CDs and DVDs are quite durable, but they also get used quite often, especially, if it is a console game disc. With time, scratches may occur all over the disc making it harder for the player to read data on it. This may lead to slower reads on portions of the discs, and a disc may just stop working, if it is damaged too much.
There is still hope: scratches can be fixed if you are motivated. You can fix most of the small scratches issue right in your home using simple products, most probably, already in your possession. If the disc has some chance of survival, the below mentioned methods should be able to fix it.
Warning: Some of the methods mentioned below also have a slight chance of further damaging the disc. So keep that in mind before following any of the methods.
Things To Consider While Fixing
Before we move on to fixing the disc, we are listing some things that you should keep in mind to make sure your don’t damage or waste time on the disc.
- Before starting, make sure the problem is the disc and not the player that is playing it. You can use the disc on another player to make sure the problem is with the disc.
- See if there are any holes in the disc instead of scratches. If the data is completely ripped from any area of the disc, it cannot be fixed now and there is no point of wasting time on the below methods. You will have to get a new one.
- While fixing the disc, don’t grab the data side of the disc with your hands. Dirt and oil can make reading the disc more difficult. Furthermore, you should also wash and dry your hands properly before handling the disc to further cut down chances of damage.
- While cleaning the disc with anything, always stroke from the middle of the disc to outward in a straight line. The data on the disc is written in concentric circles, so it’s best to try avoiding damaging a long track of data.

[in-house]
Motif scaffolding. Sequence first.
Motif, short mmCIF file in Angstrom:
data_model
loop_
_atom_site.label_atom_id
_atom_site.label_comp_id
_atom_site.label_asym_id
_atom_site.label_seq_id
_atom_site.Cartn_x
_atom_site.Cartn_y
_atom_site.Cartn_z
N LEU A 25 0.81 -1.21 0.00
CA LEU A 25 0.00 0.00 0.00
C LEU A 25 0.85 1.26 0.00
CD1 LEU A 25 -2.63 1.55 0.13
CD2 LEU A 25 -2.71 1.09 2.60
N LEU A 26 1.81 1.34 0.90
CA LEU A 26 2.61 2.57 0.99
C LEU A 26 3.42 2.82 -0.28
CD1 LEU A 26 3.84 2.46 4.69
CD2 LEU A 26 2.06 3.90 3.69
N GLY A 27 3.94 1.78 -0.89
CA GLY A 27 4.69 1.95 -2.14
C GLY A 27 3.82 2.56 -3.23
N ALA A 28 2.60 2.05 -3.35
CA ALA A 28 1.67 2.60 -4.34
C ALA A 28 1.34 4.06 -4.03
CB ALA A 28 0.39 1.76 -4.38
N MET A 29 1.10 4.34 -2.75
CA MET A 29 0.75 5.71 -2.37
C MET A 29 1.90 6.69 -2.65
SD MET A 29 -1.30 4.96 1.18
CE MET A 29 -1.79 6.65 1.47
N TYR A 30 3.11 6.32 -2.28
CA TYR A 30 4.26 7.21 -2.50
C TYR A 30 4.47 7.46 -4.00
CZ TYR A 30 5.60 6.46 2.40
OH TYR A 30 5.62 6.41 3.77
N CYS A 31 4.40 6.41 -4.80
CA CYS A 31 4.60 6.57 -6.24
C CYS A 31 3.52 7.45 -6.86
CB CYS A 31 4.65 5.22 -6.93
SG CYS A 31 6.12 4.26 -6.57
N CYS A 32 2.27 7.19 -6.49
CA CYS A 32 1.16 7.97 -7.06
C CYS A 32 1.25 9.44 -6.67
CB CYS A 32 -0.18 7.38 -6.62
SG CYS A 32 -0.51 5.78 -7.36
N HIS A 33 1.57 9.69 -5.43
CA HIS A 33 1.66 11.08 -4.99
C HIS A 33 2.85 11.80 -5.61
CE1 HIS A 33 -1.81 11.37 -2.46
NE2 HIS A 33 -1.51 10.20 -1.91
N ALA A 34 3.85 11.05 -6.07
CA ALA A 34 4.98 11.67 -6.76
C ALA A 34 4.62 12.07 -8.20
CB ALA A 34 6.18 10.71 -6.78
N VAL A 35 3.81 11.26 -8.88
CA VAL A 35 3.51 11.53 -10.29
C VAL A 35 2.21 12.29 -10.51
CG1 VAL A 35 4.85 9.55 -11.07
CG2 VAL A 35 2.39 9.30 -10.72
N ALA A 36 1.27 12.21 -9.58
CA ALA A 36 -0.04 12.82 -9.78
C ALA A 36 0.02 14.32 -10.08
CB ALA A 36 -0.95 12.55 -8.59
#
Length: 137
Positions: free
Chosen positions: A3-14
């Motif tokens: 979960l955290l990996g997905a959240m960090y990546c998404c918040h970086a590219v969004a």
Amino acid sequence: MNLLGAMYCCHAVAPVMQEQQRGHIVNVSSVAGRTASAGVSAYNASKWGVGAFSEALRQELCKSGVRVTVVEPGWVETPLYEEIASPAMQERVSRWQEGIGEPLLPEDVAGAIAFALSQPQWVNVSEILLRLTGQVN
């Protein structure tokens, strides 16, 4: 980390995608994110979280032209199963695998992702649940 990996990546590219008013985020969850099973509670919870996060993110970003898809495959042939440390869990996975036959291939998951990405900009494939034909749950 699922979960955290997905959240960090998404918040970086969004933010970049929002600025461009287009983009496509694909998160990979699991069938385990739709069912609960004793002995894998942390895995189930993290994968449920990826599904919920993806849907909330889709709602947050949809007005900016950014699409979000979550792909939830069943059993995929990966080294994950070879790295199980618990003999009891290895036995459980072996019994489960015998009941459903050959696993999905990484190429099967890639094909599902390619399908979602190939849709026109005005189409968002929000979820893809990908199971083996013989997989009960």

Method #1: Clean the Disc
This is the safest method and in most cases solves the issue. You should first go for this method, even if you are willing to get the disc to a professional. This will not fix any of the scratches on the disc, but it will get rid of all the dirt and grease that may be causing the problem.
Sometimes, the scratches on the disc might seem big, but the disc can still work. It is the dirt and grease on it that is actually preventing it from working properly.
To clean a Disc, you can hold it under running warm water to get rid of all the dust. If there are still any dirt or grease left that seems to be not coming off, then make a mixture of liquid soap and water and clean the disc with it. Do not use any product that can damage the plastic surface!
While cleaning, use a soft lint-free cloth and like we mentioned above, stroke from the center of the disc to outwards. Once cleaned, dry the disc completely by shaking off all the water and dry in room temperature. Never use any towels or other such material to dry the disc, and don’t even think about heating it up.
Before putting in the player, make sure it is perfectly dried. Otherwise, you might short circuit the reader. If the disc is still not working, move to another method.
Measuring the Importance of the data on the Disc
If the cleaning didn’t work, and you are thinking about fixing the scratches now, it is better to hold and understand what you may lose if anything goes wrong.
If you don’t have a backup of the data, you may be at risk of losing everything when attempting to modify the disc surface property with methods such as polishing. This is potentially dangerous to your data.